Then the chest cold comes back.
Getting a little old being on day 40 of this. As you can imagine, I may be a little cranky.
So it was that I was thrilled to have my good friend Mike over to play a little Barbarossa: Kiev to Rostov. I'd played a couple of the small scenarios from the EFS series from GMT Games, none of which used the supply rules, so I was looking forward to trying out the On To Rostov scenario (#6) which sticks the Germans out at the *very* end of their logistical chain along the Black Sea/Sea of Azov, and expects them to get into Rostov, in the mud, with relatively little supply, with most of the units holding their flank not only out of supply, but with no way to get them *back* in supply without using up those really important MSUs that you need to attack effectively.
It's not a really pretty picture for the Germans, but I was game.
And then I started rolling the die.
Here's the thing about EFS, at least the small to moderate scenarios. You generally want to have MSUs around to attack with, but there are a pretty limited number, and in this specific scenario you need to at least be able to interdict one critical Soviet HQ in order to be able to have some operational flexibility and actually attack from time to time *without* the supply. Even then you are pushing the limits of your supply line as you move forward, and taking Rostov will be no help.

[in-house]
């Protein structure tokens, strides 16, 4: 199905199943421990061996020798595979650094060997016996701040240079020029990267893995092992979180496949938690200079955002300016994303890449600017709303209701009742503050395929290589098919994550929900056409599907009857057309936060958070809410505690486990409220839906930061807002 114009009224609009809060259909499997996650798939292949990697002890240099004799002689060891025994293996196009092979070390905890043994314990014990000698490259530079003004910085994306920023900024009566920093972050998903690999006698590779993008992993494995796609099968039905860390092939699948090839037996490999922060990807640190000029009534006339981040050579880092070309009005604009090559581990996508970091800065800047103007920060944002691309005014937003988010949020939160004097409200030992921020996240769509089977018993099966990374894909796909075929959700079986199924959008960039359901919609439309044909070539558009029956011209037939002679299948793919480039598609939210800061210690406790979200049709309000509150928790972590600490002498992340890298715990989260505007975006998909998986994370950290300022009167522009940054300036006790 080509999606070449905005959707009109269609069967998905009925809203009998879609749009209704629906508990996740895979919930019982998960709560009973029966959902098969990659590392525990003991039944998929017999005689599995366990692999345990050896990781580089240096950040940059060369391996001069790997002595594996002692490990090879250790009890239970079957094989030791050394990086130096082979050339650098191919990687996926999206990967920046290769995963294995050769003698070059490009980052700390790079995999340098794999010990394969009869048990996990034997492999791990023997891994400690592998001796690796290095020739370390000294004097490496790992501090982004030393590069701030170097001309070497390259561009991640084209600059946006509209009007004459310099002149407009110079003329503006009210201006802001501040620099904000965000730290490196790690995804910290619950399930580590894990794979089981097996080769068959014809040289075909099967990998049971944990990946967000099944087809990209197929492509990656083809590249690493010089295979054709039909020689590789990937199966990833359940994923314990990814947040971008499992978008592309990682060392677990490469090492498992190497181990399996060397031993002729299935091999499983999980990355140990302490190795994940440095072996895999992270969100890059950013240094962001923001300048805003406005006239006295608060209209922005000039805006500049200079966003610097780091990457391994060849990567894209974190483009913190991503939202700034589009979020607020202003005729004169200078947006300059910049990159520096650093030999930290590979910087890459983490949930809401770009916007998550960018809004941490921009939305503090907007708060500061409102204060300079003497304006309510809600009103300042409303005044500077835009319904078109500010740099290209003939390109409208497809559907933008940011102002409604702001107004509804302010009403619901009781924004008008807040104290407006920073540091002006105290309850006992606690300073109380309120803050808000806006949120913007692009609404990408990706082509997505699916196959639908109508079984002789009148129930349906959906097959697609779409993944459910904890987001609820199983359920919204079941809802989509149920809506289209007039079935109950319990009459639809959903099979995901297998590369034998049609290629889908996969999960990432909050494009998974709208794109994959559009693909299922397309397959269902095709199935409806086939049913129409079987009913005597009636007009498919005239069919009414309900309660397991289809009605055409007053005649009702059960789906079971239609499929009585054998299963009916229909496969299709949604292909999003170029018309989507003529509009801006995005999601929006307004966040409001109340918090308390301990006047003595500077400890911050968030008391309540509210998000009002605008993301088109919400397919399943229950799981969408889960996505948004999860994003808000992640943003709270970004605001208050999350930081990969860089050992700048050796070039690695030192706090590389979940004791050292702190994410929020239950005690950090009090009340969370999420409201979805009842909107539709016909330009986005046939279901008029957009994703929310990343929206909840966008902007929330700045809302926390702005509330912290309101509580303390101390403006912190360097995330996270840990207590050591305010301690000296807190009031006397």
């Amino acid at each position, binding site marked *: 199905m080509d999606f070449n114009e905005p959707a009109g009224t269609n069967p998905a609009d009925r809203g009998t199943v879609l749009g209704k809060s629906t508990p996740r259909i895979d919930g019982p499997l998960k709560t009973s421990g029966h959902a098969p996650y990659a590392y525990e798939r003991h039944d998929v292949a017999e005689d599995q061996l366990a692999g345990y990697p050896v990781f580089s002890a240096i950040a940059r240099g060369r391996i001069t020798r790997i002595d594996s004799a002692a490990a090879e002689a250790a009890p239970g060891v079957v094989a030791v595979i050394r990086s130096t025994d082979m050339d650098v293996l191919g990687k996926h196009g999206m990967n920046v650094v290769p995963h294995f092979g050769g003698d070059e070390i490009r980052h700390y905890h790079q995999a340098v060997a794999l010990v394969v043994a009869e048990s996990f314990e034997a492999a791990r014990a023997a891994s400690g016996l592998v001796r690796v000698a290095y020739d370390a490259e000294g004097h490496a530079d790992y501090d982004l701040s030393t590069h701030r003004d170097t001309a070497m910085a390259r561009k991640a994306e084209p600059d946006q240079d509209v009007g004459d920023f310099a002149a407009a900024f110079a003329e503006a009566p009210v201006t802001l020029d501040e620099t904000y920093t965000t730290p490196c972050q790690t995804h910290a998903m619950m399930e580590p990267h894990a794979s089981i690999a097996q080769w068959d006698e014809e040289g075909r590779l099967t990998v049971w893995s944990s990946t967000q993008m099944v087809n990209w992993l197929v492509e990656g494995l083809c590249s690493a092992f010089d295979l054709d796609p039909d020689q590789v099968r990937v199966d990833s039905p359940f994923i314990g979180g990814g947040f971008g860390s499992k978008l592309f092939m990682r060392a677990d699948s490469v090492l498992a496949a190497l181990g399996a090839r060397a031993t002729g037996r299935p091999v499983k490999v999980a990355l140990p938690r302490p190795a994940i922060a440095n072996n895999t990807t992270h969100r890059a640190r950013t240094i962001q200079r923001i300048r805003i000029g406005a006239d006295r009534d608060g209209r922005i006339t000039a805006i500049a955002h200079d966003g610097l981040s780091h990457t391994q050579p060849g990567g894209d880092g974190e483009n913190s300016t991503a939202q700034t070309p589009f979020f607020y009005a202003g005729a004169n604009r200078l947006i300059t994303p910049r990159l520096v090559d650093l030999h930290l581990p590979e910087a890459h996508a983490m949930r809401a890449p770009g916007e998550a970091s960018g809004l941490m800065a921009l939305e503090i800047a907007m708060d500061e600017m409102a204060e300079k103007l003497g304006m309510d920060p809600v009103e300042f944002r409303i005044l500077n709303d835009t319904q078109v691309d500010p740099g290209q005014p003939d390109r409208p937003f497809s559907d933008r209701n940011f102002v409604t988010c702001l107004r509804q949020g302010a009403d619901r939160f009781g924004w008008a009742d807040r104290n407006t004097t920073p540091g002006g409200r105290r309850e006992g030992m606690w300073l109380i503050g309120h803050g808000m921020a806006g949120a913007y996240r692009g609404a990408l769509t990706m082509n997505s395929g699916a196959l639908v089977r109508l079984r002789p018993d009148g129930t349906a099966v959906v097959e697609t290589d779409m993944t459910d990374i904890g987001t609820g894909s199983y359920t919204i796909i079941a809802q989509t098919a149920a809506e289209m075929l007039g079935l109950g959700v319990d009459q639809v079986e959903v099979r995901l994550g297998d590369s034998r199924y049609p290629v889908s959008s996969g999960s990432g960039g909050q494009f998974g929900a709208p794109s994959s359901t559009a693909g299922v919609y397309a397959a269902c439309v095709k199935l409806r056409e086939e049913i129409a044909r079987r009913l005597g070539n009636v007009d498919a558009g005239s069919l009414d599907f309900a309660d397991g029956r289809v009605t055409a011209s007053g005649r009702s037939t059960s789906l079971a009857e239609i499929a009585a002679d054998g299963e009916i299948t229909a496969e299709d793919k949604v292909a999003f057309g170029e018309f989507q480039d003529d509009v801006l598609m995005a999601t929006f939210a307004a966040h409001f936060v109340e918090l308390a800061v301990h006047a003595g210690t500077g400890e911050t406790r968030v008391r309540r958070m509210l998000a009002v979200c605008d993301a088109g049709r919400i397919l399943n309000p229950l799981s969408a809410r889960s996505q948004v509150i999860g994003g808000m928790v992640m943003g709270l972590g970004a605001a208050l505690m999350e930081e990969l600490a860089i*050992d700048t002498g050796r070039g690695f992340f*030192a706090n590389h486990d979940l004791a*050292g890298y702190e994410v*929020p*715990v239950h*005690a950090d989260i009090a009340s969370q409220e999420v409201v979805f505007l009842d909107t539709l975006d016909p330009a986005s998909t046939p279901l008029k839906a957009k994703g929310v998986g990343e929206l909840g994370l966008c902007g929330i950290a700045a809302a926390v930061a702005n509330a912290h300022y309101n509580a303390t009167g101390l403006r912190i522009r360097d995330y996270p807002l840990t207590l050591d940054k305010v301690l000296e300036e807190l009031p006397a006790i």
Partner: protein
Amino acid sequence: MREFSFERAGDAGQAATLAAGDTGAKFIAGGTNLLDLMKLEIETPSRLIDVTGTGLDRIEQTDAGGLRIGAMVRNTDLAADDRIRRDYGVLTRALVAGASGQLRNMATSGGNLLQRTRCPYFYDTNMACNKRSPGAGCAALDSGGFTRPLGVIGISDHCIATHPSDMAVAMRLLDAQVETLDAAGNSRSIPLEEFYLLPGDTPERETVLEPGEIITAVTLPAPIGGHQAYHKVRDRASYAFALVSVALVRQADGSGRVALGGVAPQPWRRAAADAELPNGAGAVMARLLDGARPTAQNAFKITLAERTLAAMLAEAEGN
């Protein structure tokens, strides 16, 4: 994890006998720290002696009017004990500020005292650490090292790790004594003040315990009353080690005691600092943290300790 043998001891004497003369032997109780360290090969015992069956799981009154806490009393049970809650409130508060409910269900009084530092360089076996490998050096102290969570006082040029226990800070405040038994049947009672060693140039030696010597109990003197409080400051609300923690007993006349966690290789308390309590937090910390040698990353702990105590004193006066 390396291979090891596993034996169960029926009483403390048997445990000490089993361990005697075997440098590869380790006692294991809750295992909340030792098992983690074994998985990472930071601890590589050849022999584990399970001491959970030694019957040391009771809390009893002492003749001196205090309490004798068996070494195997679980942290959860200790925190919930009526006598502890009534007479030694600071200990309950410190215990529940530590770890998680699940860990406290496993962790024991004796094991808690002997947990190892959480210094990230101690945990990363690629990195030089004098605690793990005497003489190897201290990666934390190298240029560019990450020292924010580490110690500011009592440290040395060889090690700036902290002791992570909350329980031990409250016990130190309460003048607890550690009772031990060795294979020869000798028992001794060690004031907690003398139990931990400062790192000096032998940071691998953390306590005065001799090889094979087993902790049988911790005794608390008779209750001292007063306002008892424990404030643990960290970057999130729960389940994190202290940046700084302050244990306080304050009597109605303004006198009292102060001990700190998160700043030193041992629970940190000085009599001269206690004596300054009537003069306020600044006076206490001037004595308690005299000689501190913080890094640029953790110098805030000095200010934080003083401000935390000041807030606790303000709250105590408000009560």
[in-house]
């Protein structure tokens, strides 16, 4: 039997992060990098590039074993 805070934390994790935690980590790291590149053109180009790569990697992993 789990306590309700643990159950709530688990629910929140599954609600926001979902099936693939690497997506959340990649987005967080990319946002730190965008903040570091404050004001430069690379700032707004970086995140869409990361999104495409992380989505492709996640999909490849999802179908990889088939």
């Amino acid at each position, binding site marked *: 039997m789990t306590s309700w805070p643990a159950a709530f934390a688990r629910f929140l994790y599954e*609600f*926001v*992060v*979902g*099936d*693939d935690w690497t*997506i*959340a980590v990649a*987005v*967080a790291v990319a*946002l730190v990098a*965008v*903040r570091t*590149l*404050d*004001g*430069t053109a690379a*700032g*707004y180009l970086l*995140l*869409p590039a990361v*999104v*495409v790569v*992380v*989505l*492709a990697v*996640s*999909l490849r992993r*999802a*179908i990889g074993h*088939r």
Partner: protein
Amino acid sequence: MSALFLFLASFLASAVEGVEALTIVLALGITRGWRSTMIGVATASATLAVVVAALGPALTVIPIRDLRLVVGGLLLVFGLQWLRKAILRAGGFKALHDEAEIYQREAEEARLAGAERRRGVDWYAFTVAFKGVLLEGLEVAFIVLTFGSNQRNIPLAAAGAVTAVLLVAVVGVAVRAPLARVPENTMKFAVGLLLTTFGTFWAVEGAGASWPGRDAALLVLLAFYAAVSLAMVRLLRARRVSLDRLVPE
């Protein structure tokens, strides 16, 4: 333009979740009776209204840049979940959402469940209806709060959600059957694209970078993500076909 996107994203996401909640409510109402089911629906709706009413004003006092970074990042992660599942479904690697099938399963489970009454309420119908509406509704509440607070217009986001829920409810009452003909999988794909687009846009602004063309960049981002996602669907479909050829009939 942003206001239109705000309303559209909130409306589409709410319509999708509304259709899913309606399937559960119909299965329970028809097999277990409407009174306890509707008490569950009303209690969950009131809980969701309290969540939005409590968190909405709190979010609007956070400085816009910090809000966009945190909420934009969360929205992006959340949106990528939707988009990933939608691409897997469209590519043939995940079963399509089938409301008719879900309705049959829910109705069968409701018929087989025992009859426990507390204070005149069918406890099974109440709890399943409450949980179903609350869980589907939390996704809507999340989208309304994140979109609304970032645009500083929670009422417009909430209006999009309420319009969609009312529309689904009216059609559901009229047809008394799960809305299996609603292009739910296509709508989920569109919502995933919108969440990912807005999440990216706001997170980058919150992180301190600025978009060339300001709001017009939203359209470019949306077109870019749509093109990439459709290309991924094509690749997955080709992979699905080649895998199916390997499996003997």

So I go hard against said HQ, sending two bombers, one a Stuka which is harder for the enemy AA to hit, and an Italian fighter just in case the Russians get feisty. Which they don't. And the Russian AA, which has about a 20-40% chance of shooting down each aircraft, hits both bombers (damaging one), which means this really good HQ is going to allow a lot of bad things to happen to my later ground attack, although it's not the end of the world.
No, the end of the world is rolling high on all three of my attacks at 3-1 or better odds. In this game, rolling high is generally bad for the attacker during combat. Rolling four 8-9-10 results out of five is not likely, but very possible. And I did it.
In five dierolls, the scenario was all but over. Five rolls.
I've commented on chaos factors in wargames before. Having lots of rolls is good because it tends to spread out the probability curve. My problem wasn't that I was making poor choices, my problem was that I couldn't even get started because the first five rolls were terrible. The best result killed two Soviet steps, but no retreat and so I couldn't get across the river.
Over the next three turns, I took a grand total of four hexes. Four total, and I lost five steps in the process while the Russians lost another two. And I never did successfully interdict that damned HQ.
And here's the problem. When a game like those in the EFS system force the attacker to focus their efforts, in this case because of the penalties for attacking without Attack Supply, you end up with relatively few die rolls. Your odds of a statistical outlier *leap* upward in this case, because every roll is fairly critical. Yes, most wargames have critical rolls, but there's enough going on that you should have enough that they spread out well. In my case, all five rolls were critical. And all went south, and at that point you might as well just start over.